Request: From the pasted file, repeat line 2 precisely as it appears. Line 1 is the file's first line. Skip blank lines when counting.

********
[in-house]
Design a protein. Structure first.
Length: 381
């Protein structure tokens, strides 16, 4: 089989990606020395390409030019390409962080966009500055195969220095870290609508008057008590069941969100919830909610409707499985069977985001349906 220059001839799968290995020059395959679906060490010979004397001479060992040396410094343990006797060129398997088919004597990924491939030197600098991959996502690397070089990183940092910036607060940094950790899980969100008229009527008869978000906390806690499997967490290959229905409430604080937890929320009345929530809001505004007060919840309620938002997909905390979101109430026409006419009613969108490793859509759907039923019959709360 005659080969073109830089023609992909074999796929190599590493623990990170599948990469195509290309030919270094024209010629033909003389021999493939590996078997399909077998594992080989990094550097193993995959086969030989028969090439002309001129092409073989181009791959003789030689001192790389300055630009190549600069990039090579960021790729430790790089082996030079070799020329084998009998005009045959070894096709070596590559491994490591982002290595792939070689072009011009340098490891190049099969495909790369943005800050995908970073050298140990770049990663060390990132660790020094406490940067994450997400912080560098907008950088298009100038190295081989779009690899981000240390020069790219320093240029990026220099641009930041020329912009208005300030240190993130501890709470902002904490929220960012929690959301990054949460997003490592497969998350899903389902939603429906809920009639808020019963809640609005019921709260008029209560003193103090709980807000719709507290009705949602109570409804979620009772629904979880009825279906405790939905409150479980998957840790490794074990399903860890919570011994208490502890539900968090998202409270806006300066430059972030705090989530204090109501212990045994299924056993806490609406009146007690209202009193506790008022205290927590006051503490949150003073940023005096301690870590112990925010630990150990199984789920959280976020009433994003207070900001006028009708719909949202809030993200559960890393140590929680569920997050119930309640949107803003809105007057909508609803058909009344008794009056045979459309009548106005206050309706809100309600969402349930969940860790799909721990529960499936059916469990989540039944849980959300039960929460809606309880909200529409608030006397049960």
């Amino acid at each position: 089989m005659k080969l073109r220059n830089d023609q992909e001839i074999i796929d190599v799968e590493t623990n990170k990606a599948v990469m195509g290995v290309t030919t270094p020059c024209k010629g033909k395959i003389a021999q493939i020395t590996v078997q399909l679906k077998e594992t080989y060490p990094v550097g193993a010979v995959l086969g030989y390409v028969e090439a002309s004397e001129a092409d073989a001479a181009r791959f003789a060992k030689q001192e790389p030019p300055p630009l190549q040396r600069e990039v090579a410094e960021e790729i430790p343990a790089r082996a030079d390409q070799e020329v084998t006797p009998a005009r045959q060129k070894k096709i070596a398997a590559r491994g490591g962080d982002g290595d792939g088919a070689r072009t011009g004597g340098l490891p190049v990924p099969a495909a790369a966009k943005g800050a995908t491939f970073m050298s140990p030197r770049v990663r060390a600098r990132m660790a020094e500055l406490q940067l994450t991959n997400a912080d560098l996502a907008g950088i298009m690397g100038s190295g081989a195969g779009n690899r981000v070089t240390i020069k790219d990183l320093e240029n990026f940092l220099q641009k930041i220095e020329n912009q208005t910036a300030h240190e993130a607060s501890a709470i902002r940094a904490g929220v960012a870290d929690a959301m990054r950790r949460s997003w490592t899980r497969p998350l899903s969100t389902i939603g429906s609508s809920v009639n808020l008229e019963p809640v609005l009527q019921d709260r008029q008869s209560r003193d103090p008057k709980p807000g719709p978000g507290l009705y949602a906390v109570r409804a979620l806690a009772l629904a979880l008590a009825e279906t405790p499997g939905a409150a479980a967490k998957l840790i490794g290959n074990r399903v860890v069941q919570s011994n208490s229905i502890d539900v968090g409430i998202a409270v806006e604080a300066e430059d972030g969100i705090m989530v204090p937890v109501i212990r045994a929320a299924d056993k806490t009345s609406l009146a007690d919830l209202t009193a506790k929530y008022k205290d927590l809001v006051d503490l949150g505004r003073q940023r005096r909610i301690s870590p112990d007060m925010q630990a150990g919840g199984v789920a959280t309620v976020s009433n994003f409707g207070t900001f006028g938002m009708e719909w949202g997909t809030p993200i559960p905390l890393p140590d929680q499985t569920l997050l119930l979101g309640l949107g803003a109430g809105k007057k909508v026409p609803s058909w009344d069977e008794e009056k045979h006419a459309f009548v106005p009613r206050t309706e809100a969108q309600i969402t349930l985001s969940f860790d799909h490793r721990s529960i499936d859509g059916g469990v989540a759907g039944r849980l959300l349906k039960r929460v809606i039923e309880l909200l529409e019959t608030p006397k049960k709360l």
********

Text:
Design a protein. Structure first.